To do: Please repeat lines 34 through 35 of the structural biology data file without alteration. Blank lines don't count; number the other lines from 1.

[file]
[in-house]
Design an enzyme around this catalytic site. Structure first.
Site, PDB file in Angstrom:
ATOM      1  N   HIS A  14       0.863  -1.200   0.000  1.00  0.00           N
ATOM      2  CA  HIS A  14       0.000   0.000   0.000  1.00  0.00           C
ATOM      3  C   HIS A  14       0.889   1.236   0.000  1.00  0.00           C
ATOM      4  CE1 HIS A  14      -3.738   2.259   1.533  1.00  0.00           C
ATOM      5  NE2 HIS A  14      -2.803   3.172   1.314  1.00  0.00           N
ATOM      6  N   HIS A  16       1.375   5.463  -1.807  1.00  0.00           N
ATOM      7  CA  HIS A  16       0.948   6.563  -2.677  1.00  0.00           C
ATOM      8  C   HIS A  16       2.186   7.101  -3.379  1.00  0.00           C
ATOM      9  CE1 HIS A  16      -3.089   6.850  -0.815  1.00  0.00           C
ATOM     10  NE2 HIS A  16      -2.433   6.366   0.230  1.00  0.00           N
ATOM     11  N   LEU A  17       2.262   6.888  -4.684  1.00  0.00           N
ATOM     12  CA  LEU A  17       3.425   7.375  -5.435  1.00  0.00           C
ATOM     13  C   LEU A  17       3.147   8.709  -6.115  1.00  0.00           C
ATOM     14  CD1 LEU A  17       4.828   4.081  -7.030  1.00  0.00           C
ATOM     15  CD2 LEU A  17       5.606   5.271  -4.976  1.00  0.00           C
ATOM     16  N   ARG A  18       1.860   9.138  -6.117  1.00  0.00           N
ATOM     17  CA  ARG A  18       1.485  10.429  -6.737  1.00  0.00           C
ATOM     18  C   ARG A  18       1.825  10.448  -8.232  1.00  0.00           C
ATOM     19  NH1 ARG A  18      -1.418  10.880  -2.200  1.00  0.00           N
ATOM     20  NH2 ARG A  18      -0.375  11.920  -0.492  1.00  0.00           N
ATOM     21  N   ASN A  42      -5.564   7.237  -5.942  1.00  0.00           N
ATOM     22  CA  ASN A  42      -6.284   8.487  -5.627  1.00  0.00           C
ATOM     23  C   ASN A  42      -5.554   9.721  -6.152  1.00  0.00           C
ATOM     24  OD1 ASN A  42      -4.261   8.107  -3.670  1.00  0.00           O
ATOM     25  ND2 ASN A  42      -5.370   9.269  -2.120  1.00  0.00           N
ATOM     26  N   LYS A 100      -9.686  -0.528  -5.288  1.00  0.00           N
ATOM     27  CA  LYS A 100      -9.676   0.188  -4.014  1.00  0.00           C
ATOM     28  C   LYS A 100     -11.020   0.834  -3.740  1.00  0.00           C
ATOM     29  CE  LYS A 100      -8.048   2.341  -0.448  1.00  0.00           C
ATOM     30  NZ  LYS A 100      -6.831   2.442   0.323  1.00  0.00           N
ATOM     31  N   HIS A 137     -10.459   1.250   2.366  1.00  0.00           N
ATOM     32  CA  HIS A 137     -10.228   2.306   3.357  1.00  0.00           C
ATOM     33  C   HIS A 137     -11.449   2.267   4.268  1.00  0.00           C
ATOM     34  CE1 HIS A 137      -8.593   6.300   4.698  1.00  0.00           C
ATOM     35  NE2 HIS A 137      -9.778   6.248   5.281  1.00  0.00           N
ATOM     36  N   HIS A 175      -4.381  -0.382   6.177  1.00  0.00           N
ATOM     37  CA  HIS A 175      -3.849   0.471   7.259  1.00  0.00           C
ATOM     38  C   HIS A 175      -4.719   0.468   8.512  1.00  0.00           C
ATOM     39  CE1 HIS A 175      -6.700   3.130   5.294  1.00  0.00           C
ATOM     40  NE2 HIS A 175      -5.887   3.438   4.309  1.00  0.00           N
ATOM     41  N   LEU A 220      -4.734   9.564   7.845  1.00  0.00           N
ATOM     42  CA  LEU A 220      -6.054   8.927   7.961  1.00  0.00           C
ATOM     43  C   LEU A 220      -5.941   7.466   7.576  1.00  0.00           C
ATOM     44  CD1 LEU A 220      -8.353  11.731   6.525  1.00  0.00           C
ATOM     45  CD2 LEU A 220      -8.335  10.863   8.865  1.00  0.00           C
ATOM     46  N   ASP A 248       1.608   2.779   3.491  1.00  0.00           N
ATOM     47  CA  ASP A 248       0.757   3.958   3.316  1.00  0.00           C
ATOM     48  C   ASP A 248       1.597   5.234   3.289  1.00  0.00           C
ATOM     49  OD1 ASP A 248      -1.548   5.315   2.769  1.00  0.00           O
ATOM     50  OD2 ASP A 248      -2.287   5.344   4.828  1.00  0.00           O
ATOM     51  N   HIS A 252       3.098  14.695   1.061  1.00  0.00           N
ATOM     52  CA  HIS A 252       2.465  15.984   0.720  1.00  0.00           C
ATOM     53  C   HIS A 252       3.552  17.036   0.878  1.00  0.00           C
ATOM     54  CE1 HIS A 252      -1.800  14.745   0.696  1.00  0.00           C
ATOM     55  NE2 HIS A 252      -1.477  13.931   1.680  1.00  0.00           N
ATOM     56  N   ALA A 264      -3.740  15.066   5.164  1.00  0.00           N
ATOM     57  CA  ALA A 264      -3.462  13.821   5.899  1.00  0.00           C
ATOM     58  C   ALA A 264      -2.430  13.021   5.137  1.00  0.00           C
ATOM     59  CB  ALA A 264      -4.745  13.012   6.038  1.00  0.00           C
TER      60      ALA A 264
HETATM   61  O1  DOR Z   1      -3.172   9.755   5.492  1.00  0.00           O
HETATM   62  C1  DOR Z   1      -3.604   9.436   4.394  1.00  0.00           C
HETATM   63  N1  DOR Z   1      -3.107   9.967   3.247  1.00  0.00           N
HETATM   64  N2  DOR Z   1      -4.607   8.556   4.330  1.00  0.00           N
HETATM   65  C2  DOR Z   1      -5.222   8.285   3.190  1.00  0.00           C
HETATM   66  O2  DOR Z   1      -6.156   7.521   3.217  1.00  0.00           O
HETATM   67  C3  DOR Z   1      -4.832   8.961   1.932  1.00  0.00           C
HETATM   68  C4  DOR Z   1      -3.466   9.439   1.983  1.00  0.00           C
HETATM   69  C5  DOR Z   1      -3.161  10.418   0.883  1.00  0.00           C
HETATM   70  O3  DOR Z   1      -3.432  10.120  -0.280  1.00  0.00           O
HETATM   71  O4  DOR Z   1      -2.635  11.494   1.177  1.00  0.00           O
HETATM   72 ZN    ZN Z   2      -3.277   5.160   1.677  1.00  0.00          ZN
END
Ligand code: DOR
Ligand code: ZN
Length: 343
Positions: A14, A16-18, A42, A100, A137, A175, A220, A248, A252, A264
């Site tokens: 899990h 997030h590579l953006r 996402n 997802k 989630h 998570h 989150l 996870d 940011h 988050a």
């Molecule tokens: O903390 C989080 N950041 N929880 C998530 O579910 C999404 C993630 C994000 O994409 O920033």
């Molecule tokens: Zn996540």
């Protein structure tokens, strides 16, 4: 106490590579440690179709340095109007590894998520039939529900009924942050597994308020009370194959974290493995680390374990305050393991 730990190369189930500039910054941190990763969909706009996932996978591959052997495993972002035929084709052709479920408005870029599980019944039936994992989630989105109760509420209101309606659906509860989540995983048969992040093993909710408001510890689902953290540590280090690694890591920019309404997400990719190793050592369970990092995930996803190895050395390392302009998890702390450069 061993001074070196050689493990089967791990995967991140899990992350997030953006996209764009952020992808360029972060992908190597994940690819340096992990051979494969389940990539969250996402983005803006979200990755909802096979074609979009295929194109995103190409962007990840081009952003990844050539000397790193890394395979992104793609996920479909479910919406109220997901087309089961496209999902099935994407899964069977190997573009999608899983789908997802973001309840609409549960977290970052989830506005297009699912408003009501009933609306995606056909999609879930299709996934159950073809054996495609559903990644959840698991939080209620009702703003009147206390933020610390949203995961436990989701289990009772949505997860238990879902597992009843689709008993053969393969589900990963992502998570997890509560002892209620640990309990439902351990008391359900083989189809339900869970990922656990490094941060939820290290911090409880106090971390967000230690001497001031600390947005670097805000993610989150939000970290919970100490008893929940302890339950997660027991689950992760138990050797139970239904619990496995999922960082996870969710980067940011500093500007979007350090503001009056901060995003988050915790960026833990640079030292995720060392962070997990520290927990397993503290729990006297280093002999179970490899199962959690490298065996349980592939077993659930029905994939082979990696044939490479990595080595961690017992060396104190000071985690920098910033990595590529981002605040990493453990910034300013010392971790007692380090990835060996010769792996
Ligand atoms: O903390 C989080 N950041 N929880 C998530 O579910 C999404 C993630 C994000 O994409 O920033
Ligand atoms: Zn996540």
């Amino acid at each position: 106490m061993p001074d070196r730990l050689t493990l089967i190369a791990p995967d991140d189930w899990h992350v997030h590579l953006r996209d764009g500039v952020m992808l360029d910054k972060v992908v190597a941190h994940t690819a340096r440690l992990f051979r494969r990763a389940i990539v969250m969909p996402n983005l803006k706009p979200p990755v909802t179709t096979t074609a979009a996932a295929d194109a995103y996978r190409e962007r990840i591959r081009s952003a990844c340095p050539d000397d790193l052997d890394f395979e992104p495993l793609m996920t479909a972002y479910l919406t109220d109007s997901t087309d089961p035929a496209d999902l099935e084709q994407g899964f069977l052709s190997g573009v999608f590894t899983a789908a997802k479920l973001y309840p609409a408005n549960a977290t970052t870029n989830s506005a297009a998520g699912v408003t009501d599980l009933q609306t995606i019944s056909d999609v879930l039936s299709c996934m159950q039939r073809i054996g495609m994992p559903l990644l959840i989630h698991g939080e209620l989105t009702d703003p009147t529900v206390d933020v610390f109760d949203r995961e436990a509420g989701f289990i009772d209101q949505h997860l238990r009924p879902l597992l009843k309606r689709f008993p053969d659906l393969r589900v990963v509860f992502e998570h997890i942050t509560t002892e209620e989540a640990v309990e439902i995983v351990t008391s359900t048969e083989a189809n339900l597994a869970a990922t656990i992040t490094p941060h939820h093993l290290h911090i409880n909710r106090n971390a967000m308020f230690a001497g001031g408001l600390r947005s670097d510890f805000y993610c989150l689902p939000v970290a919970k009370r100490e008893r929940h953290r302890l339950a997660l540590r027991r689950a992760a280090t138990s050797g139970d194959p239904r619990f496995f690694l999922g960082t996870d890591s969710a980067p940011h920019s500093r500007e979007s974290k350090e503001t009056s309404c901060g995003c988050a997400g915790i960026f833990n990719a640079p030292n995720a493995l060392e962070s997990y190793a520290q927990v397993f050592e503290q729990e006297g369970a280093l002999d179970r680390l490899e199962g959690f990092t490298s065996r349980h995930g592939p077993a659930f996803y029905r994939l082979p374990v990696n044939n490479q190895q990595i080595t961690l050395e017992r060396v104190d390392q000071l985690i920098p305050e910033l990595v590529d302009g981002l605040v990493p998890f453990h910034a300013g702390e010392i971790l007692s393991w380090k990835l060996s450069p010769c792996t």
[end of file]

ATOM     31  N   HIS A 137     -10.459   1.250   2.366  1.00  0.00           N
ATOM     32  CA  HIS A 137     -10.228   2.306   3.357  1.00  0.00           C